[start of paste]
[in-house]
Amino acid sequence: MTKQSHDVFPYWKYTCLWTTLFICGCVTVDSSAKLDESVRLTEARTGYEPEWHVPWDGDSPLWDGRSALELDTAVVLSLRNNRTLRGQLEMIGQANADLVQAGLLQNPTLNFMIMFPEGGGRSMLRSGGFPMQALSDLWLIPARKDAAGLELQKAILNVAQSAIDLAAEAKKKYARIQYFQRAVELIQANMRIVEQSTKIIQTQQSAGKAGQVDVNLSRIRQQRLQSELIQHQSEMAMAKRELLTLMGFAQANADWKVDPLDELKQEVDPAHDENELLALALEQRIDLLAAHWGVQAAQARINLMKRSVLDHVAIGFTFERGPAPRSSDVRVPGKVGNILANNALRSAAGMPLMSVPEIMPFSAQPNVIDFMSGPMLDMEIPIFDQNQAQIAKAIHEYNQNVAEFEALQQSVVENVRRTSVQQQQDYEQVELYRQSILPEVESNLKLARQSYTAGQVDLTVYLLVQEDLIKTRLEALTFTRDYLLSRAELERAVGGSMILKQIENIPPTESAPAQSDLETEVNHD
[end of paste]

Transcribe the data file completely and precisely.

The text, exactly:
[in-house]
Amino acid sequence: MTKQSHDVFPYWKYTCLWTTLFICGCVTVDSSAKLDESVRLTEARTGYEPEWHVPWDGDSPLWDGRSALELDTAVVLSLRNNRTLRGQLEMIGQANADLVQAGLLQNPTLNFMIMFPEGGGRSMLRSGGFPMQALSDLWLIPARKDAAGLELQKAILNVAQSAIDLAAEAKKKYARIQYFQRAVELIQANMRIVEQSTKIIQTQQSAGKAGQVDVNLSRIRQQRLQSELIQHQSEMAMAKRELLTLMGFAQANADWKVDPLDELKQEVDPAHDENELLALALEQRIDLLAAHWGVQAAQARINLMKRSVLDHVAIGFTFERGPAPRSSDVRVPGKVGNILANNALRSAAGMPLMSVPEIMPFSAQPNVIDFMSGPMLDMEIPIFDQNQAQIAKAIHEYNQNVAEFEALQQSVVENVRRTSVQQQQDYEQVELYRQSILPEVESNLKLARQSYTAGQVDLTVYLLVQEDLIKTRLEALTFTRDYLLSRAELERAVGGSMILKQIENIPPTESAPAQSDLETEVNHD